The primary applicant for the permit is Dr. Todd Robeck, whose official title, according to a SeaWorld statement, is corporate director of theriogenology for the Busch Entertainment Corporation's Corporate Zoological Operations. (Theriogenology is the study and practice of animal reproduction.) Robeck, who's worked for Sea World for a decade, is described as “the only veterinarian worldwide who specializes in cetacean reproductive physiology.” Robeck was not available for comment.
In the permit application, Robeck asks the NMFS to allow Sea World to collect, import and export “an unlimited number of samples” of body fluids and sex organs from dead marine mammals and semen, blood, saliva, urine and eye secretions from live captive marine mammals. The application expressly states that research will not be conducted on live animals nor will live animals be captured under the auspices of genetic research.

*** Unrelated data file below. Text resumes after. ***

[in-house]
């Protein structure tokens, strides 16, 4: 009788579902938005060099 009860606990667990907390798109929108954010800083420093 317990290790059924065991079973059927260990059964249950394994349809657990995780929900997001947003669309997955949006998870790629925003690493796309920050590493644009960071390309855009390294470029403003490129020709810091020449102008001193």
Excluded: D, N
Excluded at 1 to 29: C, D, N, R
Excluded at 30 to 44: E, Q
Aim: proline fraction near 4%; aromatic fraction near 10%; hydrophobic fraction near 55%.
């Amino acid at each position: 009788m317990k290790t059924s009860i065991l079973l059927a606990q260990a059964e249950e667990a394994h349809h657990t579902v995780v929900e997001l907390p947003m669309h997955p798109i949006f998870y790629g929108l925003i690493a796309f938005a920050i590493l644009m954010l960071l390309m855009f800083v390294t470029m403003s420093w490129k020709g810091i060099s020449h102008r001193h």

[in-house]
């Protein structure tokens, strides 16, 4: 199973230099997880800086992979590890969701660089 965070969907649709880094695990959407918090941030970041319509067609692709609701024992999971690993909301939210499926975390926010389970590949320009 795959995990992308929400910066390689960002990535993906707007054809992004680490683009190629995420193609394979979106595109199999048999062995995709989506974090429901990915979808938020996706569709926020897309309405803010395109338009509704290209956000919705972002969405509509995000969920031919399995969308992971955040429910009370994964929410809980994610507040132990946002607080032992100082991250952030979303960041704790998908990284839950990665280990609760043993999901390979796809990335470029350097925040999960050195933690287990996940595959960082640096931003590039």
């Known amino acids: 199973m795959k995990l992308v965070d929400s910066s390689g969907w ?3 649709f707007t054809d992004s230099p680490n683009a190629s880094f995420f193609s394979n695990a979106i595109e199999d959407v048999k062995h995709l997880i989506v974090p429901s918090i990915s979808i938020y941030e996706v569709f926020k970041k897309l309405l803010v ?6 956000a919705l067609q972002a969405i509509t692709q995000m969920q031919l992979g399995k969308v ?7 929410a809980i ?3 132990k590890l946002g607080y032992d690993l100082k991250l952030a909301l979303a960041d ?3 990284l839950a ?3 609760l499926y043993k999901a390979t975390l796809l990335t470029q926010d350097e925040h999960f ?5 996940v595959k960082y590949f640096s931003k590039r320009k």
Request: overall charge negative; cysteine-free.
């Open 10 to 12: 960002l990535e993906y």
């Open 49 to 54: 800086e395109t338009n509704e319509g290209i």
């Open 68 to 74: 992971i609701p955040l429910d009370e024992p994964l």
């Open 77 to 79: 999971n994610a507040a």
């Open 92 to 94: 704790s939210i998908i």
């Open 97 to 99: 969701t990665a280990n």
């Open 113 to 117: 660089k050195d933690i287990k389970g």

Collection purposes, Robeck states, are to expand and diversify Sea World's existing marine mammal population through artificial insemination and provide specimens necessary for research into marine mammal reproductive physiology. The point, he explains, is to “infuse new genetic material into closed captive populations.” In other words, by obtaining sperm from wild populations, Sea World's captive populations will be saved from inbreeding.
This push to maintain genetic diversity “is a problem the captive industry has created for themselves,” said Rick Trout of the Florida Marine Mammal Conservancy, who was in San Diego for the demonstration Friday.
Opponents claim that parties who turn over parts and specimens to Sea World will receive financial compensation, but Sea World spokesperson Kelly Terry emphasized that there's no compensation involved.
The permit request expands on a prior permit Sea World obtained from the NMFS in 1998 that expired last year. That permit allowed the theme park to collect tissue and specimen samples from live captive animals, animals killed through subsistence harvesting and animals found dead of natural causes, such as stranding. The purpose of the 1998 permit request was to study “the biology and life history of various marine species.” NMFS issued the permit under the Marine Mammal Protection Act provision that no animals are to be harassed or killed for the purpose of research.